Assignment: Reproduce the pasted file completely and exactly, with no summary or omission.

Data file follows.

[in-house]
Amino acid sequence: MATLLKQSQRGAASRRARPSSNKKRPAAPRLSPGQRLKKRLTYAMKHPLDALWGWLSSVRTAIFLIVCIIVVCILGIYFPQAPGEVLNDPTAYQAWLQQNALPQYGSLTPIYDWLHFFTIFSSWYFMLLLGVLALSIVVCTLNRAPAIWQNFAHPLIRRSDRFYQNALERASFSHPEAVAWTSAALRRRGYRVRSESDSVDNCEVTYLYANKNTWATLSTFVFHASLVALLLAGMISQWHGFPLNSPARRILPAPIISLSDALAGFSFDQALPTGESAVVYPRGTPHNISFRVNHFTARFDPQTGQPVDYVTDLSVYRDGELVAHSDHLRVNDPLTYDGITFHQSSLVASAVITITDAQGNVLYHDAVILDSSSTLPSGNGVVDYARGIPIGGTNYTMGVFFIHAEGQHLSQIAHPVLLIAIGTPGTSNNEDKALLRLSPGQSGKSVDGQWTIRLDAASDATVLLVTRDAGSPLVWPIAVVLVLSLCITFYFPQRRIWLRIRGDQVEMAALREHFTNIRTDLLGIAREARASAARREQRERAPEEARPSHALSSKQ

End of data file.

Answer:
[in-house]
Amino acid sequence: MATLLKQSQRGAASRRARPSSNKKRPAAPRLSPGQRLKKRLTYAMKHPLDALWGWLSSVRTAIFLIVCIIVVCILGIYFPQAPGEVLNDPTAYQAWLQQNALPQYGSLTPIYDWLHFFTIFSSWYFMLLLGVLALSIVVCTLNRAPAIWQNFAHPLIRRSDRFYQNALERASFSHPEAVAWTSAALRRRGYRVRSESDSVDNCEVTYLYANKNTWATLSTFVFHASLVALLLAGMISQWHGFPLNSPARRILPAPIISLSDALAGFSFDQALPTGESAVVYPRGTPHNISFRVNHFTARFDPQTGQPVDYVTDLSVYRDGELVAHSDHLRVNDPLTYDGITFHQSSLVASAVITITDAQGNVLYHDAVILDSSSTLPSGNGVVDYARGIPIGGTNYTMGVFFIHAEGQHLSQIAHPVLLIAIGTPGTSNNEDKALLRLSPGQSGKSVDGQWTIRLDAASDATVLLVTRDAGSPLVWPIAVVLVLSLCITFYFPQRRIWLRIRGDQVEMAALREHFTNIRTDLLGIAREARASAARREQRERAPEEARPSHALSSKQ